Late last month, U.S. President Barack Obama outlined a detailed climate action plan in a speech at Georgetown University. The speech itself was fantastic, but some were skeptical about yet another “action plan” when so many past plans from both sides of the border are sitting on shelves gathering dust.
Here’s what makes me more optimistic that Obama’s latest is different:
1. Feasibility: Obama can implement every action in his plan without Congress. And by implementing this plan with sufficient ambition in key sectors like coal, the United States can meet its 2020 greenhouse gas emissions target. That’s by no means a given, but certainly a possibility. Given Obama’s re-commitment to the target, it’s a possibility worth taking seriously.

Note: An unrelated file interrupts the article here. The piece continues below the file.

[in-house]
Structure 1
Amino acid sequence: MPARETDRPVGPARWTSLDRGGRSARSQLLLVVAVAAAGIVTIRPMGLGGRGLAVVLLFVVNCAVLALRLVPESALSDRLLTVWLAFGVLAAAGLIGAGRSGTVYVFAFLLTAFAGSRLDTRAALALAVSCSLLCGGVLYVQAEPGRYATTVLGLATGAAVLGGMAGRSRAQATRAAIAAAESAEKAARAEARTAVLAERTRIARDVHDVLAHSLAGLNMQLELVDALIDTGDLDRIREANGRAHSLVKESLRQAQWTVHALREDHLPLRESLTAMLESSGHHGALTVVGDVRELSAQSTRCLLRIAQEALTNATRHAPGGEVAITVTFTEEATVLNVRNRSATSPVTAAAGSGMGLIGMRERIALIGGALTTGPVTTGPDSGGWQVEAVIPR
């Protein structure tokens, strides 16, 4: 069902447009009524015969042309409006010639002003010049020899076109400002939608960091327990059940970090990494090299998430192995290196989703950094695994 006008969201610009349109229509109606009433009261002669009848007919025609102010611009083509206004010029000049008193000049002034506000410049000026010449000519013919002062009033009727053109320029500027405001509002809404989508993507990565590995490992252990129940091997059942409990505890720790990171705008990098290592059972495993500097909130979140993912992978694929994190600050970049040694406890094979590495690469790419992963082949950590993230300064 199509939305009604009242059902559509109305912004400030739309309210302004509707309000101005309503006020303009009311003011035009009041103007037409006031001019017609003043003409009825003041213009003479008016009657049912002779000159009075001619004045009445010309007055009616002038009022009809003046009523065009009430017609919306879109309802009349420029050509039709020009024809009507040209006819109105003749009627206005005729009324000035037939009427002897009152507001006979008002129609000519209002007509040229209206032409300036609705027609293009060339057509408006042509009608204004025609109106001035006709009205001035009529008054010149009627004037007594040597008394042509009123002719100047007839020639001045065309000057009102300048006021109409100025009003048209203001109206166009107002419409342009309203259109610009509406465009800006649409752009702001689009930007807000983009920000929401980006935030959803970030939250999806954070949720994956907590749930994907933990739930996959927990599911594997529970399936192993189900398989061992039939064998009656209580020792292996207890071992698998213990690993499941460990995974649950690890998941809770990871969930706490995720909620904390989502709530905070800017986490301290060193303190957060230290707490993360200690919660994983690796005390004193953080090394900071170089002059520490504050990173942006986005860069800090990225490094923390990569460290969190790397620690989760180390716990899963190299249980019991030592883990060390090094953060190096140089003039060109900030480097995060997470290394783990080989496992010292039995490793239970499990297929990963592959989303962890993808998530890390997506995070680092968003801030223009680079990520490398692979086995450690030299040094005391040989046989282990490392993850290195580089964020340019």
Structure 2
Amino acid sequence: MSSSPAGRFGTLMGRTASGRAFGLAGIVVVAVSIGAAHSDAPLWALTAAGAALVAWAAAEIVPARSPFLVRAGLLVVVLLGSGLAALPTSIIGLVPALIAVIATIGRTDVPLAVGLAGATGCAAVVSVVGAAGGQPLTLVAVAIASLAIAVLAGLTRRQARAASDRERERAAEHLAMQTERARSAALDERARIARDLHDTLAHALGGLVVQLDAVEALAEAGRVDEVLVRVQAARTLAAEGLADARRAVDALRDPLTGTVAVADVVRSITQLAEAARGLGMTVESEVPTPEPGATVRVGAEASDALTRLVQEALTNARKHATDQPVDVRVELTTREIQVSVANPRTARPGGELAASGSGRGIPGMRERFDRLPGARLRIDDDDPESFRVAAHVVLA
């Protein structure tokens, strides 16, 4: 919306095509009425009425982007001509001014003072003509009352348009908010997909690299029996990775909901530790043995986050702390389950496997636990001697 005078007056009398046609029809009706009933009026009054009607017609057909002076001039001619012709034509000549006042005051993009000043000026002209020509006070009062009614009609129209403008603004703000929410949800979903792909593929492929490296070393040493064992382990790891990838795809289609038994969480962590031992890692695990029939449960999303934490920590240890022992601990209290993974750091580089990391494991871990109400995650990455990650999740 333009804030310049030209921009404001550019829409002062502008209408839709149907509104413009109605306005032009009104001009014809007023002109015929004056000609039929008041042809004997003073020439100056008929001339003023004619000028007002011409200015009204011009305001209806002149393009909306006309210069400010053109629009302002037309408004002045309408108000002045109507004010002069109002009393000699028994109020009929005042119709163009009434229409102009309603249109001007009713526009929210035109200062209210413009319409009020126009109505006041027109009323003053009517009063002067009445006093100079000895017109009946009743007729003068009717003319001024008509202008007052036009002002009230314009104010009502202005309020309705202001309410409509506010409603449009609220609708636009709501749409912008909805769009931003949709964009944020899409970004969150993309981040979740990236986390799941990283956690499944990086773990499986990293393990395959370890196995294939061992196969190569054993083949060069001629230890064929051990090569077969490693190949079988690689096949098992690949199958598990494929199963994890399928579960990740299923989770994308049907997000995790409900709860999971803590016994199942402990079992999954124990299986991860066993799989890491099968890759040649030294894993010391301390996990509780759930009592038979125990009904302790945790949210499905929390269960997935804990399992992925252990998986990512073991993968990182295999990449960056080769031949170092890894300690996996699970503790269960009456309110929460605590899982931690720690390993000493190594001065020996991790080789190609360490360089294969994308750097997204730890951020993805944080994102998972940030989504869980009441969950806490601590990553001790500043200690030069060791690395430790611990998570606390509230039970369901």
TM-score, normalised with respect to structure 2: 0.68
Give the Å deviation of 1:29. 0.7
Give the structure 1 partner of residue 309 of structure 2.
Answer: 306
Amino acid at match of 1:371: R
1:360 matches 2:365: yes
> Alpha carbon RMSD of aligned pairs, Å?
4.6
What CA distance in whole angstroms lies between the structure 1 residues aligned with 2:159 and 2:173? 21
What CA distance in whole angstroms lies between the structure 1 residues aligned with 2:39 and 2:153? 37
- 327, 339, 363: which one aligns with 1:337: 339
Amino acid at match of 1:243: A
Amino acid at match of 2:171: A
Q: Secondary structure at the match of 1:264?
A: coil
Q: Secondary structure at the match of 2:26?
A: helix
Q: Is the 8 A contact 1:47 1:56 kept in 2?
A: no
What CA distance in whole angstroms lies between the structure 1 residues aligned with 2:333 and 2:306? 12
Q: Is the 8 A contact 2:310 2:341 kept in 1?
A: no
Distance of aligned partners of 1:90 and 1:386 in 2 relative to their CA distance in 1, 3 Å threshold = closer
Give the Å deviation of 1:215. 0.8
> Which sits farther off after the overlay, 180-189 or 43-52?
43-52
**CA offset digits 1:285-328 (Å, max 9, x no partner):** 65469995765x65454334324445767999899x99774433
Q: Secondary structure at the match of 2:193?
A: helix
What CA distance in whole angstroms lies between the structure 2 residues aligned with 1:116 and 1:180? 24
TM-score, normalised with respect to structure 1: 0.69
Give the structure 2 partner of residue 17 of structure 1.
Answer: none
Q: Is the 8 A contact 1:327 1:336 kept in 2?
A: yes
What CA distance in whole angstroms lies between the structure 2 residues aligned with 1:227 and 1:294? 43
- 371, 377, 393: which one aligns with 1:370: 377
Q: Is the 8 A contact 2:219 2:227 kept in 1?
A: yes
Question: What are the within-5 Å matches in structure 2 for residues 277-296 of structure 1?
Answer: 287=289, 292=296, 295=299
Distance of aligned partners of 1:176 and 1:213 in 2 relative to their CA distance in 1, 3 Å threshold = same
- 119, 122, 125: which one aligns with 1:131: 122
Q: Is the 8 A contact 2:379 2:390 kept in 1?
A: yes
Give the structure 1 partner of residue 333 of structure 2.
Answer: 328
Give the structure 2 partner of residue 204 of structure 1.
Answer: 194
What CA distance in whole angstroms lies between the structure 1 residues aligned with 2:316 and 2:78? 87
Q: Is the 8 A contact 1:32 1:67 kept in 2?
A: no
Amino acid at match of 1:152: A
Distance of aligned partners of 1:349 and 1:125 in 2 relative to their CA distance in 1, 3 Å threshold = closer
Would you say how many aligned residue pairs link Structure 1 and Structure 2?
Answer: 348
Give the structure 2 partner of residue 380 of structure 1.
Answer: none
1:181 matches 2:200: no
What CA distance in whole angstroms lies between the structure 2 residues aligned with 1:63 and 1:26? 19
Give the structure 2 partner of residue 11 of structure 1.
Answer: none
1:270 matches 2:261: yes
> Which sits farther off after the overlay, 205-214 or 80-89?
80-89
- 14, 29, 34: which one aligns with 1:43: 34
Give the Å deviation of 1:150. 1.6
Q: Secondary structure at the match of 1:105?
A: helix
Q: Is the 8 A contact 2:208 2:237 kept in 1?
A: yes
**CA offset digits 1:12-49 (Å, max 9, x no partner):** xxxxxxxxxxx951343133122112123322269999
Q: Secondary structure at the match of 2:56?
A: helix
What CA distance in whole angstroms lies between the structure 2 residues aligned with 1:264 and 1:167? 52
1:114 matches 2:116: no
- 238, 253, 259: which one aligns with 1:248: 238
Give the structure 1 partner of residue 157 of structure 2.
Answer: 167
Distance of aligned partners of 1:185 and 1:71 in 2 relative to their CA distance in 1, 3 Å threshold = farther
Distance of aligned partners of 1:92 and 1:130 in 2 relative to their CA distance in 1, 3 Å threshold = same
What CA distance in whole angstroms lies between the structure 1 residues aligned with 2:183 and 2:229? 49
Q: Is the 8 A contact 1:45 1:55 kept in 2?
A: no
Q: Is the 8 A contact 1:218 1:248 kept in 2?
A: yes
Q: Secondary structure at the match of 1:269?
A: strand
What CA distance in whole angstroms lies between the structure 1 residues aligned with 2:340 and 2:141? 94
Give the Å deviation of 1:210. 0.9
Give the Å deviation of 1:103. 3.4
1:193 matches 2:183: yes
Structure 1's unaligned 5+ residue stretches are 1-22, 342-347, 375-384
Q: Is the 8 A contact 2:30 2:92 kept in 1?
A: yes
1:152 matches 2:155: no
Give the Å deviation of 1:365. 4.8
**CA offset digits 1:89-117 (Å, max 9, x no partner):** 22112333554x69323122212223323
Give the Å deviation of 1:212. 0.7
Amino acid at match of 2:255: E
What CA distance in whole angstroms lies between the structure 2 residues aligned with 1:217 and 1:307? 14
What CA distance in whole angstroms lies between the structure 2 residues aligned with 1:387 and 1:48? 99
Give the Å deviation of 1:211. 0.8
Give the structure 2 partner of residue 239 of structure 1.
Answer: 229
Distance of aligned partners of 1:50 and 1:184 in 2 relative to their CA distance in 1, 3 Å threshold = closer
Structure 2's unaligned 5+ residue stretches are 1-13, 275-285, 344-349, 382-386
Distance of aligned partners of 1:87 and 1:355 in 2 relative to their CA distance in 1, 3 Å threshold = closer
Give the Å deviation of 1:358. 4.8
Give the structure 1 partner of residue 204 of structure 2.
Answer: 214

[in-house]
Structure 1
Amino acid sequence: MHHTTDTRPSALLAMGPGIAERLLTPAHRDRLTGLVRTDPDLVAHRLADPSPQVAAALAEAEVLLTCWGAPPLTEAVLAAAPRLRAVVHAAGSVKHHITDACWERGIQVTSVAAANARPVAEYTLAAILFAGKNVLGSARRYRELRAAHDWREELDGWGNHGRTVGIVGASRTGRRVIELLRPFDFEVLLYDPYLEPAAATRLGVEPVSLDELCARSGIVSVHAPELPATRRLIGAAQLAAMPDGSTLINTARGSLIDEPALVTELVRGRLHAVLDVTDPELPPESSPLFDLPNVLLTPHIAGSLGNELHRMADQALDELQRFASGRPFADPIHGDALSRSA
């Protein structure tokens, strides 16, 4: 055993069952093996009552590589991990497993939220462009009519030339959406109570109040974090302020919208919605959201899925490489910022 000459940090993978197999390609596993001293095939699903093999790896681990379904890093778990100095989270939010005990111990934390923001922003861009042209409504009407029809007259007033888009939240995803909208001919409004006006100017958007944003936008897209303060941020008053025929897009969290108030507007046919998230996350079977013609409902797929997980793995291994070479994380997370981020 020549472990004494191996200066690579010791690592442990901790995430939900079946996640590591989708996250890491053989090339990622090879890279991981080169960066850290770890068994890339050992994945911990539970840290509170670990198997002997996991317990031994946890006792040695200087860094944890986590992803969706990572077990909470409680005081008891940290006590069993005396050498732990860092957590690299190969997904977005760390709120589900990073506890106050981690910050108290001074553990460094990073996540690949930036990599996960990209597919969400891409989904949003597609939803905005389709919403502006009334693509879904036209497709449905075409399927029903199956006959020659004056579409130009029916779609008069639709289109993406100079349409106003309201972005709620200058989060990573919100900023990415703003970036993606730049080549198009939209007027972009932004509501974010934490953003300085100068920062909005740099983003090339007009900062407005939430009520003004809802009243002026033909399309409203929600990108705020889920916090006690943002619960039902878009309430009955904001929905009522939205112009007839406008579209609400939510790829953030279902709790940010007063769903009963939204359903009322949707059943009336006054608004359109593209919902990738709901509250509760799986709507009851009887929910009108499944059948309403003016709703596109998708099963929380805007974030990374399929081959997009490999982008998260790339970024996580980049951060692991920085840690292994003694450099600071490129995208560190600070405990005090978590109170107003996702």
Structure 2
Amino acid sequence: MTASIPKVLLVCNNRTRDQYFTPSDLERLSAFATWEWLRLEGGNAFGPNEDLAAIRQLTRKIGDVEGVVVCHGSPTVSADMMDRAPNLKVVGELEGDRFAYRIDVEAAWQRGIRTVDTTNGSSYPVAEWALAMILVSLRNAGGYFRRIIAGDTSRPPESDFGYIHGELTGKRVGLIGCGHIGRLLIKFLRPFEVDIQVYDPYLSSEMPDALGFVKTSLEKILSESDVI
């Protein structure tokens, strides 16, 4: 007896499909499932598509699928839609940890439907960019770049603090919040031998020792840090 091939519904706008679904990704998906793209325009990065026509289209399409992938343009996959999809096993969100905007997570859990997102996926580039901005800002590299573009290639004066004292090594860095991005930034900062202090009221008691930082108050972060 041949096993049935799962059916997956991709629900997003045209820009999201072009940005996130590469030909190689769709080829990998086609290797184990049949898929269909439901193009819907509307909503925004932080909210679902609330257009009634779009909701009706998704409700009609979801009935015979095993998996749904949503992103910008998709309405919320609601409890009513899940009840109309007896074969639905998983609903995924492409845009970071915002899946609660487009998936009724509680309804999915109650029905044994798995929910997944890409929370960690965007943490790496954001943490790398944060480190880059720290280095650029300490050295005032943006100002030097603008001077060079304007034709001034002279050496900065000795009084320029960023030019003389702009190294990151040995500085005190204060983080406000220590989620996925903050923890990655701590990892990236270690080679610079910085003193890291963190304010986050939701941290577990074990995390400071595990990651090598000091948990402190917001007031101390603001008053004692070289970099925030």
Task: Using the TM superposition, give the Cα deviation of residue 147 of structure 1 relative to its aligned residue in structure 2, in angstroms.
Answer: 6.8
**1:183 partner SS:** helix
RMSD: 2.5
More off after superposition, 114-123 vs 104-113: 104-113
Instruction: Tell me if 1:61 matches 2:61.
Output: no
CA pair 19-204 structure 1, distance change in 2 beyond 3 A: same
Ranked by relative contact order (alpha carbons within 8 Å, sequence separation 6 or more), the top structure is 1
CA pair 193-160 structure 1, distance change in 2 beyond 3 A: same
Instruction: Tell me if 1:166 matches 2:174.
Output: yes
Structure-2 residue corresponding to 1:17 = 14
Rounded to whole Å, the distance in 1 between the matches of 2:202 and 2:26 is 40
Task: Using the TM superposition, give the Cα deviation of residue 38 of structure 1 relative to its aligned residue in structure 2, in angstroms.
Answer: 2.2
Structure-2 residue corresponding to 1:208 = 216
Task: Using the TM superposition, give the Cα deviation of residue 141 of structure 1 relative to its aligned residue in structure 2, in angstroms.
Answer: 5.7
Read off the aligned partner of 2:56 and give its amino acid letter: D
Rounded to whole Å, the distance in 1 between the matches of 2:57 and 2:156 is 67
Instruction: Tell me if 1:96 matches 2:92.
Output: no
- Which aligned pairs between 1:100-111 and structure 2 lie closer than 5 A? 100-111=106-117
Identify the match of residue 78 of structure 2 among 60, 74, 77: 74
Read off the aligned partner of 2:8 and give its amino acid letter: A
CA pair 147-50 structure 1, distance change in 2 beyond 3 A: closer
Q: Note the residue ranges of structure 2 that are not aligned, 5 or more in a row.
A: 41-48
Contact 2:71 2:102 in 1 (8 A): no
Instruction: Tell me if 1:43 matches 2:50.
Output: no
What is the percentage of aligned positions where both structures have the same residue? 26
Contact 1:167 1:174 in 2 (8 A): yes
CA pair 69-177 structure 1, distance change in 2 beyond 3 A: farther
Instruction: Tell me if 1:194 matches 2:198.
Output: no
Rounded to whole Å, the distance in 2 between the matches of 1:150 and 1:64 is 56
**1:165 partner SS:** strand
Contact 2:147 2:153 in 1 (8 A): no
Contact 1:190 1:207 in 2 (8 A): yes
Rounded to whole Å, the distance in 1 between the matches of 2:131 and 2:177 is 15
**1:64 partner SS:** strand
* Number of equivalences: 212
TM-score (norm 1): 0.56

2. Legacy and opportunity: That Obama chose to push ahead rather than blame Congress for inaction and focus elsewhere suggests that he is personally invested in the issue, or that he sees climate action as an important political winner over the longer term (quite likely both). In either case, he must now deliver.
3. International impact: The Obama administration wants and needs global action on this file. With John Kerry now heading up the U.S. State Department, climate diplomacy has become a priority. For the U.S. to have a meaningful role in that process, they must lead by example — something Obama’s speech and climate plan acknowledged. The next few years, leading up to the 2015 talks on a new international climate deal, are therefore critical.
Taken together, those three reasons are why this “action plan” may actually live up to its name.
Read more analysis of Obama’s speech from the Pembina Institute:
- Pembina Institute reacts to Obama’s new climate plan
- What do Alberta’s oilsands customers want?
- Obama sets a new test for Keystone XL